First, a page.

TM-E 30-451 Handbook on German Military Forces

[DISCLAIMER: The following text is taken from the U.S. War Department Technical Manual, TM-E 30-451: Handbook on German Military Forces published in March 1945. — Figures and illustrations are not reproduced, see source details. — As with all wartime intelligence information, data may be incomplete or inaccurate. No attempt has been made to update or correct the text. — Any views or opinions expressed do not necessarily represent those of the website.]



Detailed plans exist for the rapid mobilization of all the auxiliary organizations described in the above paragraphs in case of the actual invasion of, or immediate military threat to, any part of Germany proper. Elaborate administrative preparations have been made for their operational control and chain of command in such an emergency.

The commander of each corps area (Wehrkreis) has always been responsible for organizing the emergency defense of his territory. Since, however, he normally controls only the static military forces and installations of the Armed Forces proper, the Higher SS and Police Commander (HSSPf) has been designated to join him in case of invasion and to take control of all the other available manpower in the area which is organized in a form suitable to aid in its defense. He is not to be subordinated to the Wehrkreis commander but must cooperate with him and will deputize for him if necessary. The only exception to this is the Todt Organization, whose units and installations pass directly to the control of the Wehrkreis commander in such an emergency.

Under the HSSPf the Wehrkreis is divided, for emergency defense, into security zones (Sicherungsbereiche), each headed by a commander of the Protective Police (Schupo). In case of invasion each such commander joins the Armed Forces commander (Wehrmachtkommandant) in the major garrison area which most nearly coincides with the security zone. The Armed Forces commander then acts, in collaboration with the security zone commander, as "combat commander" (Kampfkommandant) of the area, a concept introduced in 1944 for commanders who take full charge of areas which are expected to become cut off and which must be defended to the "last cartridge". The commander of the security zone will take the place of the combat commander in case he should become a casualty, unless there is another officer senior to him in the area.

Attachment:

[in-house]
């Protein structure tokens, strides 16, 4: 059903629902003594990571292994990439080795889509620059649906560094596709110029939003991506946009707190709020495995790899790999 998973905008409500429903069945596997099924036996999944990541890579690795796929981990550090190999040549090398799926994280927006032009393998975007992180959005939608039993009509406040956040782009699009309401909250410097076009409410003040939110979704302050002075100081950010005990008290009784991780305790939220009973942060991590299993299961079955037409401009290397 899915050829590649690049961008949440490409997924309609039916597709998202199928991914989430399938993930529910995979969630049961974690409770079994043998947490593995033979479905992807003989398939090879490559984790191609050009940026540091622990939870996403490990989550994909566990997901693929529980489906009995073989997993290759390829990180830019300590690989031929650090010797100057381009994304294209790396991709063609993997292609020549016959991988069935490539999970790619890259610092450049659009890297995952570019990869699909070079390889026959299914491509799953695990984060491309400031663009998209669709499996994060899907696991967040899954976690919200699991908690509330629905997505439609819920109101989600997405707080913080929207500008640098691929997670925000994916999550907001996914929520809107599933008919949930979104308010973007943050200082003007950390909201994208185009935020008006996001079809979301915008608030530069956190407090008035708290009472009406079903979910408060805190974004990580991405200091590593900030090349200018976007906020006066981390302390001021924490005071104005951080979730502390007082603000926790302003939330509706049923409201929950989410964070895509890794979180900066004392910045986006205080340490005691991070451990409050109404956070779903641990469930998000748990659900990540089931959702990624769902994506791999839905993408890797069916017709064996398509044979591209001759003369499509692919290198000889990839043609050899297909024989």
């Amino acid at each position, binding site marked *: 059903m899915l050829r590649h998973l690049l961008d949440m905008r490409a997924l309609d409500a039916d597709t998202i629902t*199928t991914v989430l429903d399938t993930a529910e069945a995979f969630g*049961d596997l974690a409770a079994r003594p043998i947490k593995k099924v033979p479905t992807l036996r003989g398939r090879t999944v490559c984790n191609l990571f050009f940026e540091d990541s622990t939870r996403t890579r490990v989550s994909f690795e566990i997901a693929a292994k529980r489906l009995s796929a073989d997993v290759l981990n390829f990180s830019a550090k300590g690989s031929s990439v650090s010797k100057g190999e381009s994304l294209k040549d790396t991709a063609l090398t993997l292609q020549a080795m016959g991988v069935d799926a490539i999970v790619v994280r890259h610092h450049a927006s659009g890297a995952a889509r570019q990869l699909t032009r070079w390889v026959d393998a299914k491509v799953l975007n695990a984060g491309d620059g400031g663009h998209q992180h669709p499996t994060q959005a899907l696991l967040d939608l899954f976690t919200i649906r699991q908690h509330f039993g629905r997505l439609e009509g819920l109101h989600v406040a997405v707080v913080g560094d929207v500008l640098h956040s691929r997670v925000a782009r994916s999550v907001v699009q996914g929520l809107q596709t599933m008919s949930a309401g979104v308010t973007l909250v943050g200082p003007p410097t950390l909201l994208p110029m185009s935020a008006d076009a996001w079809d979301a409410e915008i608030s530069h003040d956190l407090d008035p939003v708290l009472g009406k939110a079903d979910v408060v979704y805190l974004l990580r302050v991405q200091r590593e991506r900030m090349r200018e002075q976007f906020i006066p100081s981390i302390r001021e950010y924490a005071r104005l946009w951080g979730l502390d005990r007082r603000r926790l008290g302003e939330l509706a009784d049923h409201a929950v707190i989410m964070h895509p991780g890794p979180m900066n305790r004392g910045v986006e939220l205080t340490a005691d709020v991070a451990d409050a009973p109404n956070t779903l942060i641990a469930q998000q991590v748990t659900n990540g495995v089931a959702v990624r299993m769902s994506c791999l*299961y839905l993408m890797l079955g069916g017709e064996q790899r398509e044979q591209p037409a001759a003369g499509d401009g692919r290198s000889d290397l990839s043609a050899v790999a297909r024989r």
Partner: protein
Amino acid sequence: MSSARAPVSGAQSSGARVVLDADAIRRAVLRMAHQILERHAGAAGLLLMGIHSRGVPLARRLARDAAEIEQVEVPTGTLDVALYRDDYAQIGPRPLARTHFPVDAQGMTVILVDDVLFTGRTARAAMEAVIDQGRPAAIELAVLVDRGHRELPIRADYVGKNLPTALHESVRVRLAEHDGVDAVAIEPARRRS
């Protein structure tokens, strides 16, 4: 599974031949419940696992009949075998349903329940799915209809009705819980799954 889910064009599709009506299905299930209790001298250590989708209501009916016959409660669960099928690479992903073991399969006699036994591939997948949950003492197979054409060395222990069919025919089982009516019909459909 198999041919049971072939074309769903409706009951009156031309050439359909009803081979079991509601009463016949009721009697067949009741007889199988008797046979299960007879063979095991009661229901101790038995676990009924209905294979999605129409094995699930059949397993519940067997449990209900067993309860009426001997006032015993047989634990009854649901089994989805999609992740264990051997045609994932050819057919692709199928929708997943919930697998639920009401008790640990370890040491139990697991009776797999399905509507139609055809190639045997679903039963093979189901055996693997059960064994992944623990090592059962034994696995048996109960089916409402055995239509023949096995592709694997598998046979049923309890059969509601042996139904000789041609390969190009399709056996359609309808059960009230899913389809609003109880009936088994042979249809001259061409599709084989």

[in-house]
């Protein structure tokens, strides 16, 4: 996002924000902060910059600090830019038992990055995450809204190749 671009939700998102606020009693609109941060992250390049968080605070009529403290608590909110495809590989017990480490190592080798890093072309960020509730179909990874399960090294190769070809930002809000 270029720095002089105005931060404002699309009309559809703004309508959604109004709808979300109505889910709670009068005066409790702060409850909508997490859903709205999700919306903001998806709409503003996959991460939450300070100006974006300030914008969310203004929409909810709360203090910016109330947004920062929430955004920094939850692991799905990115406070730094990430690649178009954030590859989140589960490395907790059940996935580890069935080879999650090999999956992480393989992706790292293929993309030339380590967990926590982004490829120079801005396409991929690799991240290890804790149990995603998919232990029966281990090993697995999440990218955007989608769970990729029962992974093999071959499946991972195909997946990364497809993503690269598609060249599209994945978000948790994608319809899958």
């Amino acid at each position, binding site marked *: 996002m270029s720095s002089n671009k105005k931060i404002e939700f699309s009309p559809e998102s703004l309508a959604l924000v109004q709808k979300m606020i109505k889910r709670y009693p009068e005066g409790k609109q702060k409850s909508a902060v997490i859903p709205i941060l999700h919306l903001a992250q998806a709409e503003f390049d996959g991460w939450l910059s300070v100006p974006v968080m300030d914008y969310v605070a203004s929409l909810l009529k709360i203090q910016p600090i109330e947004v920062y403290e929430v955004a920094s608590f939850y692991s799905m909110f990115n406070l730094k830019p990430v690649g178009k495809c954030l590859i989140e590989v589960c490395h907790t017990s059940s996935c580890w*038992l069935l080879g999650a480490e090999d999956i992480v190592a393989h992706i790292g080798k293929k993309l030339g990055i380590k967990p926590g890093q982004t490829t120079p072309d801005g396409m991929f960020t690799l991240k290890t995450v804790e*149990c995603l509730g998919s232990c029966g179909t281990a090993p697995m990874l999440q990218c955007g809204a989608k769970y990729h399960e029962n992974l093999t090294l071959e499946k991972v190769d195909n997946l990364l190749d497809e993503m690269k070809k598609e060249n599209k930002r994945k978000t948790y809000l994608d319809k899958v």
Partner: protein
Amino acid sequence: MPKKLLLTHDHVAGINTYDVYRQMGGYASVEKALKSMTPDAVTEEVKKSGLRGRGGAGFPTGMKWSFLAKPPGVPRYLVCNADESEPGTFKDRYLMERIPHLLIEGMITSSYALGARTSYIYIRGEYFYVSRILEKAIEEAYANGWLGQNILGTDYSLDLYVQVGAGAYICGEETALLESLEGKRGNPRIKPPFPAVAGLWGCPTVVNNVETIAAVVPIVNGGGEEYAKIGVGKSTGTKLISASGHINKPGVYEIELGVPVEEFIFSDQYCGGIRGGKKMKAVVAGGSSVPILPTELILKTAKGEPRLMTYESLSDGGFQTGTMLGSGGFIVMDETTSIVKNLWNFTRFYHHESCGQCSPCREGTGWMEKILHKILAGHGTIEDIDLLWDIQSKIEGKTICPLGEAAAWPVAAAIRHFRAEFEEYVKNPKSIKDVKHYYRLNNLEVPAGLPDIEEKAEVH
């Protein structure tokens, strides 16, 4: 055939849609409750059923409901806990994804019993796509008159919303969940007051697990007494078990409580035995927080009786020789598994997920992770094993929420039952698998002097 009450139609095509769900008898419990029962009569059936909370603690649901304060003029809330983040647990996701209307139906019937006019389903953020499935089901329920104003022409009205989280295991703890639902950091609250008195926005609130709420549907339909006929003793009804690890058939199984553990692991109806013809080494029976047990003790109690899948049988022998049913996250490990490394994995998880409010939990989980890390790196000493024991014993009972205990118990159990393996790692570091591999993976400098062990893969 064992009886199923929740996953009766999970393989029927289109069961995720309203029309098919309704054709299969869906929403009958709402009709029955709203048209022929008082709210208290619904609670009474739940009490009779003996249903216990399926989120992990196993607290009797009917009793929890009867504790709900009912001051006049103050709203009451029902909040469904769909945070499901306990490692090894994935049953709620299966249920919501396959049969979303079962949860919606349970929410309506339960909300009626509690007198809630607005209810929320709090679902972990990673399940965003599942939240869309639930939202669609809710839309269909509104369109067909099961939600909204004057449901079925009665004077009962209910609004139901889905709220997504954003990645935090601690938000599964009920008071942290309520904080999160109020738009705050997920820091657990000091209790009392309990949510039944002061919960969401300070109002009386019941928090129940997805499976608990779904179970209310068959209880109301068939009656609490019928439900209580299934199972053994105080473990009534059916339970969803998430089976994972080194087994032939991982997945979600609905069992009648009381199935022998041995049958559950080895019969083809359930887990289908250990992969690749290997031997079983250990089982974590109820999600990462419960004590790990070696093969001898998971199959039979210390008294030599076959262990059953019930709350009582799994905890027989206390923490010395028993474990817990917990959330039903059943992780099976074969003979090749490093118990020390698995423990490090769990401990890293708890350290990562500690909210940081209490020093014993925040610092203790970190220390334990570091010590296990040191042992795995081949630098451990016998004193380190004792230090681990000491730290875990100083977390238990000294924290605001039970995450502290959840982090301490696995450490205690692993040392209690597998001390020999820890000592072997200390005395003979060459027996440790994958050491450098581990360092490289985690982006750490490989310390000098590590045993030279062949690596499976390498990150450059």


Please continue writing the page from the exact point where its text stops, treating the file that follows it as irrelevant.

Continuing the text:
The organizations which come under the control of the Higher SS and Police Commander in emergency include the Waffen-SS, Security Police, Protective Police, Rural Police, special employment units of the General SS (SS-z.b.V.), special employment units of the SA (SA-z.b.V.), Urban and Rural Auxiliary Guards, Fire-fighting Police and Fire-fighting Services, Technical Emergency Corps, German Labor Service, Postal and Railway Security Forces, Industrial Emergency Units (Industrie-Alarmeinheiten), Plant Protection Service (Werkschutz), the German Red Cross, and the Volkssturm.

This arrangement for the emergency defense of German soil is in sharp contrast to the established prerogatives of the Army in military matters in that responsibility as well as actual control of the defending forces is to be shared between the proper territorial military authority and the representative of its principal rival, the SS.


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